Jack W. Mitchell: Can Public Broadcasting Build Community?


Niagara Foundation organized a remarkable cultural conversation event with Jack W. Mitchell, professor of journalism and mass communication at the University of Wisconsin-Madison.

Jack W. Mitchell
Professor of Journalism and Mass Communication at the University of Wisconsin-Madison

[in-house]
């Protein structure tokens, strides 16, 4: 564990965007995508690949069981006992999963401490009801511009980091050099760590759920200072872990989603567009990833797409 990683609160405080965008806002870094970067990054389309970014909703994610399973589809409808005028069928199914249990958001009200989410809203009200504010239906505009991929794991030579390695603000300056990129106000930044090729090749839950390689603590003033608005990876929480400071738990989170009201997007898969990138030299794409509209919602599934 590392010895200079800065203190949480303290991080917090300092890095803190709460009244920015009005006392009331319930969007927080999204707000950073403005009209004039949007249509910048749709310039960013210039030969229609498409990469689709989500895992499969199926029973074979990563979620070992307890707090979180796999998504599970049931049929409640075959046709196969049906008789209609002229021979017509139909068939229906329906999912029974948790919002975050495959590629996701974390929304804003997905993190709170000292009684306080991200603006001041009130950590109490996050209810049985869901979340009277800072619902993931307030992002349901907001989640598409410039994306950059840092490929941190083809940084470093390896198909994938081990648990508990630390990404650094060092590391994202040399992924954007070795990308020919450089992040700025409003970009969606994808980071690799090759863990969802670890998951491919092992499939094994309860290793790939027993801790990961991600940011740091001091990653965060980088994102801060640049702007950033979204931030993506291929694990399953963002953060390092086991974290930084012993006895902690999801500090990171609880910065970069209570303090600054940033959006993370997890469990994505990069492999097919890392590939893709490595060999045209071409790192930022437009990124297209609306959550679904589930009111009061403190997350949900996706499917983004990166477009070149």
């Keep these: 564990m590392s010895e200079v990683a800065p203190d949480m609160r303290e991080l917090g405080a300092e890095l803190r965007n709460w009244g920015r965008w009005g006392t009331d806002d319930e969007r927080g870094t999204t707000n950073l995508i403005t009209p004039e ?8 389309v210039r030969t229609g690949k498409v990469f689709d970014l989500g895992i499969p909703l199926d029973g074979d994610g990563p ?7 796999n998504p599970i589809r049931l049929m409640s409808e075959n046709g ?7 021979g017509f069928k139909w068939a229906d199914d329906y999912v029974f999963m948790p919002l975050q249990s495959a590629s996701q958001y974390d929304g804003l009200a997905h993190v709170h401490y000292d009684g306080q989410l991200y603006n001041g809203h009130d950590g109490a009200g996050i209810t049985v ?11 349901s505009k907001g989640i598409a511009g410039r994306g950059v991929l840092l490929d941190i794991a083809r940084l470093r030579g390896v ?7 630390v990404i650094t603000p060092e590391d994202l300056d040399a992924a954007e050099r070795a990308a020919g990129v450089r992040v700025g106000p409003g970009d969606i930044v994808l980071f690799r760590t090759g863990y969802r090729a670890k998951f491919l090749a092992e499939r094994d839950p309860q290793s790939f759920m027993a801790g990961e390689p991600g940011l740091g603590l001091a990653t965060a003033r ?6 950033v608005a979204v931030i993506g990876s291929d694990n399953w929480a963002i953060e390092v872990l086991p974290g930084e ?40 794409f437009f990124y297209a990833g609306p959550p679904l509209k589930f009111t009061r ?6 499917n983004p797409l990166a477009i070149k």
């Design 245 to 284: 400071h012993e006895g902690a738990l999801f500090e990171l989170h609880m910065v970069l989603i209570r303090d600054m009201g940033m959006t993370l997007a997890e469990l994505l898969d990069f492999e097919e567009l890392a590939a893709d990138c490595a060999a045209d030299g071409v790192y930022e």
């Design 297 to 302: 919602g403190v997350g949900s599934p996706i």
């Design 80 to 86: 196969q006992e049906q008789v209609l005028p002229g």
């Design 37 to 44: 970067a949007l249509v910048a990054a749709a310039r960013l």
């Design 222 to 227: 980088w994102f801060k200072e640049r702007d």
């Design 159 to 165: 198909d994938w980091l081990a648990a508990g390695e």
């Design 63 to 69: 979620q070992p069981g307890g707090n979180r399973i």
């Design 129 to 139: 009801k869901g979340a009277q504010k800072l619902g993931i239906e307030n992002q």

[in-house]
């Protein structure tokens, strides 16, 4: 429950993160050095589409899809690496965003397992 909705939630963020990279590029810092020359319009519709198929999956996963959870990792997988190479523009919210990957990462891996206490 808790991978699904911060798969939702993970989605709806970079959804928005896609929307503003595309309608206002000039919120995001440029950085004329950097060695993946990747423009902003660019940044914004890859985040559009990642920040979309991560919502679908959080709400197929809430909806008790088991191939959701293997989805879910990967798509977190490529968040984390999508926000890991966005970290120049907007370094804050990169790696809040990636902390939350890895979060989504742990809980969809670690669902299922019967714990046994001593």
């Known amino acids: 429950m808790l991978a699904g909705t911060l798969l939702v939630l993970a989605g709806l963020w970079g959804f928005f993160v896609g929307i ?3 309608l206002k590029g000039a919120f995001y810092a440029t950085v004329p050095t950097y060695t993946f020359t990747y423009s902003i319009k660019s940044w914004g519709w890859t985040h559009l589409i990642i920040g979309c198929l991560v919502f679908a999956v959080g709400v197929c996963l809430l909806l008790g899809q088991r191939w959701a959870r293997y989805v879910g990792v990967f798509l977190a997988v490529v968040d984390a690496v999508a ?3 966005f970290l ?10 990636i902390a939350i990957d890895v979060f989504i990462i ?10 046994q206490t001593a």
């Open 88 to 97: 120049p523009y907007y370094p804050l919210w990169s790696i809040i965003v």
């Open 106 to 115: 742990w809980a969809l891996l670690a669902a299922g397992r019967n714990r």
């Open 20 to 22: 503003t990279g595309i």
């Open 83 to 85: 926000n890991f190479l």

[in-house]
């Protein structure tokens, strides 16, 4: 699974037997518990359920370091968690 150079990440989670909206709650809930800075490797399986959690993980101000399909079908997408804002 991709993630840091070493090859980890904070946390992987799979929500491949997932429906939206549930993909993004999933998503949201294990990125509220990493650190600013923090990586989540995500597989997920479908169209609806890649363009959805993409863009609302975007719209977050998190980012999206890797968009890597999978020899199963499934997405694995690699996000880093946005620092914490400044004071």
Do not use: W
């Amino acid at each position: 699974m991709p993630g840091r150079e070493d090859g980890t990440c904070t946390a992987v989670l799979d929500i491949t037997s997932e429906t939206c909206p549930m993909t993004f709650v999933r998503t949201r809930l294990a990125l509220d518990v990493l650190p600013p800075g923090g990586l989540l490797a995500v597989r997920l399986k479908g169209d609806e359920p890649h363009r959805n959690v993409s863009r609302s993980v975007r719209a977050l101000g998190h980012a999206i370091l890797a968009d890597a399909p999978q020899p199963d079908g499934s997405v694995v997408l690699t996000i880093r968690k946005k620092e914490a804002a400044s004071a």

Jack W. Mitchell joined the School of Journalism & Mass Communication faculty in January 1998 after a 30-year career in public radio.  He moved to emeritus status in December 2009, but continues to teach one course a semester. He is author of Listener Supported:  The Culture and History of Public Radio in addition to numerous articles and chapters about public broadcasting. As Director of Wisconsin Public Radio for 21 years, Mitchell led the most extensive and successful state or university public radio system in the country. He initiated the transition from the Wisconsin Educational Radio Network into Wisconsin Public Radio, a system of more than 20 stations serving a statewide audience with two networks and a prolific producer of national programming. On a national level, Mitchell was the first employee of National Public Radio. While at NPR, he was instrumental in developing the groundbreaking newsmagazine “All Things Considered”. During his years as the program’s first producer and executive producer, ATC won both the Peabody Award and the DuPont Award. Mitchell received the two highest honors in public radio, the Corporation for Public Broadcasting’s Edward R. Murrow Award, and the Edward Elson National Public Radio Distinguished Service Award.As Professor of Journalism & Mass Communication at UW-Madison, Mitchell has taught the gateway Introduction Mass Communications course required for students applying to the school. He has also taught courses in public broadcasting, broadcast news, intermediate reporting, and professional responsibility. As an emeritus professor, he teaches a course for freshmen on “Media Responsibilities and Realities,” which exams the current performance of both persuasive and journalistic media. His undergraduate and master’s degrees are from the University of Michigan. He earned his Ph.D. from the University of Illinois.

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